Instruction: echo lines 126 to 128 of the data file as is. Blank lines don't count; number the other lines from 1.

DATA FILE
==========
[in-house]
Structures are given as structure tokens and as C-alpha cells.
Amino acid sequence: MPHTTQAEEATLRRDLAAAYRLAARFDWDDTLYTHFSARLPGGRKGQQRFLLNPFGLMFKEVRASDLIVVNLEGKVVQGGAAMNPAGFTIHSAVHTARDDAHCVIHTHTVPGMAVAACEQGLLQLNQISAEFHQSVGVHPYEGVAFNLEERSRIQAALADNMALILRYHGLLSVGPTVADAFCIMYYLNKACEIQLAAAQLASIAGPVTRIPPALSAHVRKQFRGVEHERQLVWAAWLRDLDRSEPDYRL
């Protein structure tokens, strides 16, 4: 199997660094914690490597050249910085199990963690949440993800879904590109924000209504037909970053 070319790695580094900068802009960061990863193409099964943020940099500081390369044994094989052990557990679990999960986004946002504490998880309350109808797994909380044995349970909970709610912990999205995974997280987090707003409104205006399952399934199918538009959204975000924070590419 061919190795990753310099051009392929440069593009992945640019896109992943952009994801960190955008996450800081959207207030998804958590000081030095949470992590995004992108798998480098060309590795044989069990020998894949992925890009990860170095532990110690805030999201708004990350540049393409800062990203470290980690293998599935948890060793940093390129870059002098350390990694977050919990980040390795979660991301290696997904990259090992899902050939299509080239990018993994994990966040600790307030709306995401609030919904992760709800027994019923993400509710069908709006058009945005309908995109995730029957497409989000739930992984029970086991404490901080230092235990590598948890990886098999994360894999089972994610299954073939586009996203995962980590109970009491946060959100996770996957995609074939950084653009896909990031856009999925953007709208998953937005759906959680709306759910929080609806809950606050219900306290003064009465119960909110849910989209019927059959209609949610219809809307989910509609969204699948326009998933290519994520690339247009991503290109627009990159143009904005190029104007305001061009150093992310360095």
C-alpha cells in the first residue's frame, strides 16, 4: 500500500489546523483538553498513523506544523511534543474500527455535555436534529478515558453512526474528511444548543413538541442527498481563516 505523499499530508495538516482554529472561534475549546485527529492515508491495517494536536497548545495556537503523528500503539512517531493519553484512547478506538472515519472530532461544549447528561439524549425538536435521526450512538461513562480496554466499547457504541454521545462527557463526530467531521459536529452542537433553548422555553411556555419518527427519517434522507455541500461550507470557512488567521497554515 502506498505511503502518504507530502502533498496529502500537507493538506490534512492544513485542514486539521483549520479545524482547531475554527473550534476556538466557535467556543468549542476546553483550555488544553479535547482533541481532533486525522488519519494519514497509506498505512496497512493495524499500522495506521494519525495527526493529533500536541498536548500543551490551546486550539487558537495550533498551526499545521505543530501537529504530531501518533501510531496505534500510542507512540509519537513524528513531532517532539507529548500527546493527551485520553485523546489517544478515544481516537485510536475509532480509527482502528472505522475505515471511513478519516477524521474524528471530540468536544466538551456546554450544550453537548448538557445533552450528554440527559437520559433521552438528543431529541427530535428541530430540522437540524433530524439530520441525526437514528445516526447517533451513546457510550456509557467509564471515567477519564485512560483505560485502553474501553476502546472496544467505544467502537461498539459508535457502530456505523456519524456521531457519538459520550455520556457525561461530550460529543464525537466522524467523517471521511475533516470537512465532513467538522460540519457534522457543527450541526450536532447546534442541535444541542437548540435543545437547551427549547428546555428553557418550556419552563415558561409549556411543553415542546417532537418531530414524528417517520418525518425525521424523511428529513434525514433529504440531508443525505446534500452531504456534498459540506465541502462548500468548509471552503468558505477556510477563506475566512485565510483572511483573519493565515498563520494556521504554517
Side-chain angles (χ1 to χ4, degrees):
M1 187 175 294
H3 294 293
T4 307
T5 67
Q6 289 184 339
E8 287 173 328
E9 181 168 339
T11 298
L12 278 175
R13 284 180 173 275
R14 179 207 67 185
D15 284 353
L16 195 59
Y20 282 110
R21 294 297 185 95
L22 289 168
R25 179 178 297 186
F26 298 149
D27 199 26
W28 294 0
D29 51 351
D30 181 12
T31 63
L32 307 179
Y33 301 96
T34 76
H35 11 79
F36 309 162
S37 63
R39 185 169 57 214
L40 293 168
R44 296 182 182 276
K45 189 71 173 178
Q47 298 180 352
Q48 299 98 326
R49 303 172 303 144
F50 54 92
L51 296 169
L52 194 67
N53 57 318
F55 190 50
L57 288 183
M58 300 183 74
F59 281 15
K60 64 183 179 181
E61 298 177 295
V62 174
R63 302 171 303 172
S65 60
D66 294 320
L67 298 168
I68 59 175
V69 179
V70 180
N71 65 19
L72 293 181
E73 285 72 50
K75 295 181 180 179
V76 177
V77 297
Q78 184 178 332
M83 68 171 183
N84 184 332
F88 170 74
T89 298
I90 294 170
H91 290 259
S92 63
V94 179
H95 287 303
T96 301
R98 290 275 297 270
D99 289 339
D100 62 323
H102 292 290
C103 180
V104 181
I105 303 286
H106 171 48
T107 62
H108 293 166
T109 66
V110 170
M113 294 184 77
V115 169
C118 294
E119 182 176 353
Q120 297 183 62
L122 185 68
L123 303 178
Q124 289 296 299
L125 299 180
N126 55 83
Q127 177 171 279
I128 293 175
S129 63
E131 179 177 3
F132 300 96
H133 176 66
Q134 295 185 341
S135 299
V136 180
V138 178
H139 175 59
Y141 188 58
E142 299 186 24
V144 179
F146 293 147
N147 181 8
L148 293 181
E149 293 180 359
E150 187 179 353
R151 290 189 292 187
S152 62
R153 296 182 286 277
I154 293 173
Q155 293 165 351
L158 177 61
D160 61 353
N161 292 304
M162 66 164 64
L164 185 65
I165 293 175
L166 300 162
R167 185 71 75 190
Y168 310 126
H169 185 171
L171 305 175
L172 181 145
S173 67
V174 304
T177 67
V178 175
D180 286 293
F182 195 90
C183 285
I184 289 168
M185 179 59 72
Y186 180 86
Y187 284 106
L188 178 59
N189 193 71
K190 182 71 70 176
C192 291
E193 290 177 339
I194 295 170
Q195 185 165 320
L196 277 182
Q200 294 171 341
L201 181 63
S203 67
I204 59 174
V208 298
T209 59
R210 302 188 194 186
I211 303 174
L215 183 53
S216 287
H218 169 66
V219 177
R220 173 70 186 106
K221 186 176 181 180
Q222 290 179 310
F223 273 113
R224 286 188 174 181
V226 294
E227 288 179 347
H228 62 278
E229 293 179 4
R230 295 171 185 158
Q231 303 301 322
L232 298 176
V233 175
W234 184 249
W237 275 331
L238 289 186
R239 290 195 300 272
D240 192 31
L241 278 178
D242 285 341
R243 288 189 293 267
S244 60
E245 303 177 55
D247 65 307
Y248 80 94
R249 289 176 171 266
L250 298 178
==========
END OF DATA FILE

N161 292 304
M162 66 164 64
L164 185 65